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The almost potato-less Thanksgiving

December 4, 2011
By JANICE R. KIASKI - Community editor, Herald-Star ( , The Herald-Star

It was beginning to smell a lot like Thanksgiving.

The turkey was cooking.

The ham had been baked.

The buttery-onion-cabbage haluski aroma was in the air.

And you could sense the presence of stuffing, yams and baked corn, too.

I've always advocated that horse/barn should be a Yankee candle scent, but maybe Thanksgiving dinner should be one, too.

Not a bad idea, a couple of my co-workers nodded their heads at the suggestion in the days leading up to the turkey holiday - the Thanksgiving smell, not the horse/barn one. (The latter is a tough sell to the non-equine-minded.)

At any rate, it was almost the Thanksgiving that wasn't in the Kiaski household, all because we couldn't find the pot.

You know how the little old lady on the Wendy's commercials used to ask "Where's the beef?"

Well Better Half and I spent much of Thanksgiving morning wondering aloud to each other, "Where's the pot?"

The more we asked the question, the more annoyed we became at its unexplained absence.

This is not just any pot, mind you. It's THE pot in which you have to make the mashed potatoes.

It's also the same pot/kettle - THE pot/kettle - in which I make one of the few dishes that people actually want to not only eat, but they want the recipe for it as well.

That would be the broccoli cheese kluski noodle soup I make when a gang of hungry people is in my midst.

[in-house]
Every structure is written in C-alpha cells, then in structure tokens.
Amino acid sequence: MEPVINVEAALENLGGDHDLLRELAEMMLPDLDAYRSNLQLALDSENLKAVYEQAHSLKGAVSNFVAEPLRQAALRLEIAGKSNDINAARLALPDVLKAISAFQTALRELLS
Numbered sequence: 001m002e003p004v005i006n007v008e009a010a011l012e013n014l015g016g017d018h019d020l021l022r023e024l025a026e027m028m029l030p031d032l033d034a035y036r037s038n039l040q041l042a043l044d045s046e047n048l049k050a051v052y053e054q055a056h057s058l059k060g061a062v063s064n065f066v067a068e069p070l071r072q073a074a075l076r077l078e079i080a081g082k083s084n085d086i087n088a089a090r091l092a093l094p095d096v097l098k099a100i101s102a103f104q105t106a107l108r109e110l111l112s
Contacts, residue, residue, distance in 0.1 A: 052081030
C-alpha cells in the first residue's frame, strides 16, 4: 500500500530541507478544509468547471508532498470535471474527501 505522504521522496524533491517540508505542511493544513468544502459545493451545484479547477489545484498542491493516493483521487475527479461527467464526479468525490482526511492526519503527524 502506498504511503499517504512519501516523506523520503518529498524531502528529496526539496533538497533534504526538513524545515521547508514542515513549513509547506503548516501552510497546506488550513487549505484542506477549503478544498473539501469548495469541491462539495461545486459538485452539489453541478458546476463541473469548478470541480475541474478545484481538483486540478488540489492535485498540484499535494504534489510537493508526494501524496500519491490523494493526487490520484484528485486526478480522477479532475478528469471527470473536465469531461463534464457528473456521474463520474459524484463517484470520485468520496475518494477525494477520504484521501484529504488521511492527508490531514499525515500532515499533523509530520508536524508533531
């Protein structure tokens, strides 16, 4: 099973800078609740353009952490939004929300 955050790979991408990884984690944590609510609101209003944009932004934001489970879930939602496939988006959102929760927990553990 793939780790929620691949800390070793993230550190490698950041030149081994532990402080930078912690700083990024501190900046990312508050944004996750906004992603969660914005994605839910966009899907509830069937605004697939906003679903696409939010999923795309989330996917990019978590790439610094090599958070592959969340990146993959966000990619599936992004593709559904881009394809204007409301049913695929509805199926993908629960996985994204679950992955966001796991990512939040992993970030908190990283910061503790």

We keep this pot in the basement with lots of other kitchen things that just don't fit in the kitchen. They are those things used less frequently so they're kept there to keep company with each other.

This pot was nowhere to be found. Not on any shelves. Not in any cupboards. Not on top of the pool table. Not underneath the pool table. Not on the dryer. Not in the dryer.

Ever the comic, Better Half suggested I check in the freezer since I accidentally one time left the car keys in there. An accident. Honest.

The longer we looked, the more desperate we became.

We looked again in all the same places. Nothing. We looked again, just to be sure. Nothing.

Better Half suggested using a different pan.

What??!! Tamper with potato tradition? Are you kidding?

Some things you can't cook in other pots or pans. They just don't taste the same.

This is the case when it comes to many things we make. For instance, there's only one skillet and one spatula for that matter to make eggs taste the way they're supposed to and turn out the way they're supposed to.

It wasn't until a phone conversation with our daughter about the time dinner would be ready that I lamented the missing pot.

"I have it, mom," daughter dearest confessed, admitting she'd "borrowed" it to make some soup recently.

Mystery solved! A Thanksgiving miracle!

And all was well in the Kiaski household once again.

I made my signature mashed potatoes for the holiday dinner - lumps and all.

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